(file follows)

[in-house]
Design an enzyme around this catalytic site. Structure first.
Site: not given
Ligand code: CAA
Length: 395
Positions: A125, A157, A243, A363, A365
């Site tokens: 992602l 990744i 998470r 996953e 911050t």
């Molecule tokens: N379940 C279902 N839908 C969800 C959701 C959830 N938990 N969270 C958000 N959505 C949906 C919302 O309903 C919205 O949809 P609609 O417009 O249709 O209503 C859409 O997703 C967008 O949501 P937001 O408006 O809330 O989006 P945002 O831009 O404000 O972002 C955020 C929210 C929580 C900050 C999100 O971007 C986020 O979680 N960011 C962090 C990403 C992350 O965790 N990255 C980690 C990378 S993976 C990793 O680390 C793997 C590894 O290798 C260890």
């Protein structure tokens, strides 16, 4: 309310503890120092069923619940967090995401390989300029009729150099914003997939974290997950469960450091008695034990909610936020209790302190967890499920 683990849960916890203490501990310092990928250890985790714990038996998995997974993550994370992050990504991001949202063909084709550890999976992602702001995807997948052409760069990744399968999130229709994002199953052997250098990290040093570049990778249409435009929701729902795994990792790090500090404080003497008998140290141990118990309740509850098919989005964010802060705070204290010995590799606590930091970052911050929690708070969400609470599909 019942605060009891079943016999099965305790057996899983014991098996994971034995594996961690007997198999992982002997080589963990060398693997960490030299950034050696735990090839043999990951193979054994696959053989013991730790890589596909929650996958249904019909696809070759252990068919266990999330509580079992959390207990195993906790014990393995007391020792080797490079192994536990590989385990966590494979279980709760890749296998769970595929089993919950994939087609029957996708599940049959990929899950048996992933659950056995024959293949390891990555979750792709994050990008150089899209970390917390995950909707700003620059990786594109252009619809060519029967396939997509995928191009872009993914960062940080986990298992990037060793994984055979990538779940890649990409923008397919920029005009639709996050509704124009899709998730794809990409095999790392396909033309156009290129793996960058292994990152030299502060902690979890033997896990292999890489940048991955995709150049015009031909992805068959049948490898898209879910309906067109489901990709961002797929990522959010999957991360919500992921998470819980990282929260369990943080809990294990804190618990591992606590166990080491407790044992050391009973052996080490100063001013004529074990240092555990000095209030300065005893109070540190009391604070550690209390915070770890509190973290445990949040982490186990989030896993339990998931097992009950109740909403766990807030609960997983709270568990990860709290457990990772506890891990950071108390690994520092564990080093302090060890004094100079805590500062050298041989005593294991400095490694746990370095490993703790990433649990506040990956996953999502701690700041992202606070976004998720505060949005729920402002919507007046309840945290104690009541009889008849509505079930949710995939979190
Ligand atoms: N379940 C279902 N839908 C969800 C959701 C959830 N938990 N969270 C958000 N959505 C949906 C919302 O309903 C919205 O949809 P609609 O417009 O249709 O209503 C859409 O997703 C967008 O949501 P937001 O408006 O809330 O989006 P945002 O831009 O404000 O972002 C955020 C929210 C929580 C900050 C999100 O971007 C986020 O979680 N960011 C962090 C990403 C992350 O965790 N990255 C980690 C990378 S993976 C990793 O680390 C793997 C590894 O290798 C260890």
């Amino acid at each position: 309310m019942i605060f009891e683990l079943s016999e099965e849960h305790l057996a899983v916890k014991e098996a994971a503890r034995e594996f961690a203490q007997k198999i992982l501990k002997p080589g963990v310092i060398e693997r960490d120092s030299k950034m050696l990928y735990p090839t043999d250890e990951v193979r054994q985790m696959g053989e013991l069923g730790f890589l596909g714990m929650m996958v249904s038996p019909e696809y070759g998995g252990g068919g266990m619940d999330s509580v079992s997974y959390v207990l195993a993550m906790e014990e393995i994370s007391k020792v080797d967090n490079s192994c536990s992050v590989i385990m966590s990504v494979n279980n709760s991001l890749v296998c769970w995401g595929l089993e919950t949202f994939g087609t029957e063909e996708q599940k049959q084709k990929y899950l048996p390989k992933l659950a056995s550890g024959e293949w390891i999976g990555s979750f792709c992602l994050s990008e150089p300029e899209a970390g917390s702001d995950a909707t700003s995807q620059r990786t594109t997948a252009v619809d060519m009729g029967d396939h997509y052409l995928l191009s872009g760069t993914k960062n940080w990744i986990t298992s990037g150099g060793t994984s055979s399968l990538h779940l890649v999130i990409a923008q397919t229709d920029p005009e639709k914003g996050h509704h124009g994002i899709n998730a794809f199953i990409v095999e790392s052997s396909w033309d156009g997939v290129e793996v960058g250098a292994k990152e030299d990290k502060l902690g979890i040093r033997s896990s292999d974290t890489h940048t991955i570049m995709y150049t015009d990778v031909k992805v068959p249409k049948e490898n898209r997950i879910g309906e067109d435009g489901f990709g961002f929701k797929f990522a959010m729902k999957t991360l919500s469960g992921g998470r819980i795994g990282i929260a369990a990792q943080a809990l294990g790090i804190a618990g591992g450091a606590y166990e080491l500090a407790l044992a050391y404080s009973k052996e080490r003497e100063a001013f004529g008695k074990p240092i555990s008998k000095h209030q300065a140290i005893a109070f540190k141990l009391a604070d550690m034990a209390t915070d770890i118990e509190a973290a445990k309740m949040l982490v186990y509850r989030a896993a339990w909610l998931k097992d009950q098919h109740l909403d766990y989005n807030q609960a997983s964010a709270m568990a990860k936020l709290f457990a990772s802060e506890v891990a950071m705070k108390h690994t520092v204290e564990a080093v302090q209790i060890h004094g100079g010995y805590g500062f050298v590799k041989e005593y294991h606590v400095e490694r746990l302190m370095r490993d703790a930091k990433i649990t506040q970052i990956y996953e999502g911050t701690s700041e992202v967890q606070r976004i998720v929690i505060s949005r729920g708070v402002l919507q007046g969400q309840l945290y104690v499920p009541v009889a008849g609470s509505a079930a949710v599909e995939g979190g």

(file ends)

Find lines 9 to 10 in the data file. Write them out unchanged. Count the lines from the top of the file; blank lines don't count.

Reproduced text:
């Protein structure tokens, strides 16, 4: 309310503890120092069923619940967090995401390989300029009729150099914003997939974290997950469960450091008695034990909610936020209790302190967890499920 683990849960916890203490501990310092990928250890985790714990038996998995997974993550994370992050990504991001949202063909084709550890999976992602702001995807997948052409760069990744399968999130229709994002199953052997250098990290040093570049990778249409435009929701729902795994990792790090500090404080003497008998140290141990118990309740509850098919989005964010802060705070204290010995590799606590930091970052911050929690708070969400609470599909 019942605060009891079943016999099965305790057996899983014991098996994971034995594996961690007997198999992982002997080589963990060398693997960490030299950034050696735990090839043999990951193979054994696959053989013991730790890589596909929650996958249904019909696809070759252990068919266990999330509580079992959390207990195993906790014990393995007391020792080797490079192994536990590989385990966590494979279980709760890749296998769970595929089993919950994939087609029957996708599940049959990929899950048996992933659950056995024959293949390891990555979750792709994050990008150089899209970390917390995950909707700003620059990786594109252009619809060519029967396939997509995928191009872009993914960062940080986990298992990037060793994984055979990538779940890649990409923008397919920029005009639709996050509704124009899709998730794809990409095999790392396909033309156009290129793996960058292994990152030299502060902690979890033997896990292999890489940048991955995709150049015009031909992805068959049948490898898209879910309906067109489901990709961002797929990522959010999957991360919500992921998470819980990282929260369990943080809990294990804190618990591992606590166990080491407790044992050391009973052996080490100063001013004529074990240092555990000095209030300065005893109070540190009391604070550690209390915070770890509190973290445990949040982490186990989030896993339990998931097992009950109740909403766990807030609960997983709270568990990860709290457990990772506890891990950071108390690994520092564990080093302090060890004094100079805590500062050298041989005593294991400095490694746990370095490993703790990433649990506040990956996953999502701690700041992202606070976004998720505060949005729920402002919507007046309840945290104690009541009889008849509505079930949710995939979190
Ligand atoms: N379940 C279902 N839908 C969800 C959701 C959830 N938990 N969270 C958000 N959505 C949906 C919302 O309903 C919205 O949809 P609609 O417009 O249709 O209503 C859409 O997703 C967008 O949501 P937001 O408006 O809330 O989006 P945002 O831009 O404000 O972002 C955020 C929210 C929580 C900050 C999100 O971007 C986020 O979680 N960011 C962090 C990403 C992350 O965790 N990255 C980690 C990378 S993976 C990793 O680390 C793997 C590894 O290798 C260890």